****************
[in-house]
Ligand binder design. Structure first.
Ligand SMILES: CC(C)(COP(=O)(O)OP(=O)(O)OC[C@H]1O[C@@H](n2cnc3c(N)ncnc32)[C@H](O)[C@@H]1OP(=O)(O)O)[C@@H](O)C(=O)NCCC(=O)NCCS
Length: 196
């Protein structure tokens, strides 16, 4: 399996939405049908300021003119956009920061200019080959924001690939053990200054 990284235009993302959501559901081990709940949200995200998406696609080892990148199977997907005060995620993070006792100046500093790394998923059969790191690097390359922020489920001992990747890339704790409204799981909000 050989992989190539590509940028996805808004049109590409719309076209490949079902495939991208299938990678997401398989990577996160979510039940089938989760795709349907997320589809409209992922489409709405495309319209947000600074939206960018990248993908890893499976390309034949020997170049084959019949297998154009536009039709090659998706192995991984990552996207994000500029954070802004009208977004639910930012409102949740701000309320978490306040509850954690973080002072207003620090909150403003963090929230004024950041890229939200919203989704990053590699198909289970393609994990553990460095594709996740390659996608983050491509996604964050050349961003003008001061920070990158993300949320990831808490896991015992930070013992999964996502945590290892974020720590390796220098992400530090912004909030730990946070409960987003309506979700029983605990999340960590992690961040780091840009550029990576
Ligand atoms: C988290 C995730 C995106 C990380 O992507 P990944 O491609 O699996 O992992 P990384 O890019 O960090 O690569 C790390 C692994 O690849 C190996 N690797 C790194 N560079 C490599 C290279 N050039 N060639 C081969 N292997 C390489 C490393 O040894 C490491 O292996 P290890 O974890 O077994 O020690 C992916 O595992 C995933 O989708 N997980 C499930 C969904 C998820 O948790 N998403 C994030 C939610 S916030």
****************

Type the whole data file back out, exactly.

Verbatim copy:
[in-house]
Ligand binder design. Structure first.
Ligand SMILES: CC(C)(COP(=O)(O)OP(=O)(O)OC[C@H]1O[C@@H](n2cnc3c(N)ncnc32)[C@H](O)[C@@H]1OP(=O)(O)O)[C@@H](O)C(=O)NCCC(=O)NCCS
Length: 196
């Protein structure tokens, strides 16, 4: 399996939405049908300021003119956009920061200019080959924001690939053990200054 990284235009993302959501559901081990709940949200995200998406696609080892990148199977997907005060995620993070006792100046500093790394998923059969790191690097390359922020489920001992990747890339704790409204799981909000 050989992989190539590509940028996805808004049109590409719309076209490949079902495939991208299938990678997401398989990577996160979510039940089938989760795709349907997320589809409209992922489409709405495309319209947000600074939206960018990248993908890893499976390309034949020997170049084959019949297998154009536009039709090659998706192995991984990552996207994000500029954070802004009208977004639910930012409102949740701000309320978490306040509850954690973080002072207003620090909150403003963090929230004024950041890229939200919203989704990053590699198909289970393609994990553990460095594709996740390659996608983050491509996604964050050349961003003008001061920070990158993300949320990831808490896991015992930070013992999964996502945590290892974020720590390796220098992400530090912004909030730990946070409960987003309506979700029983605990999340960590992690961040780091840009550029990576
Ligand atoms: C988290 C995730 C995106 C990380 O992507 P990944 O491609 O699996 O992992 P990384 O890019 O960090 O690569 C790390 C692994 O690849 C190996 N690797 C790194 N560079 C490599 C290279 N050039 N060639 C081969 N292997 C390489 C490393 O040894 C490491 O292996 P290890 O974890 O077994 O020690 C992916 O595992 C995933 O989708 N997980 C499930 C969904 C998820 O948790 N998403 C994030 C939610 S916030």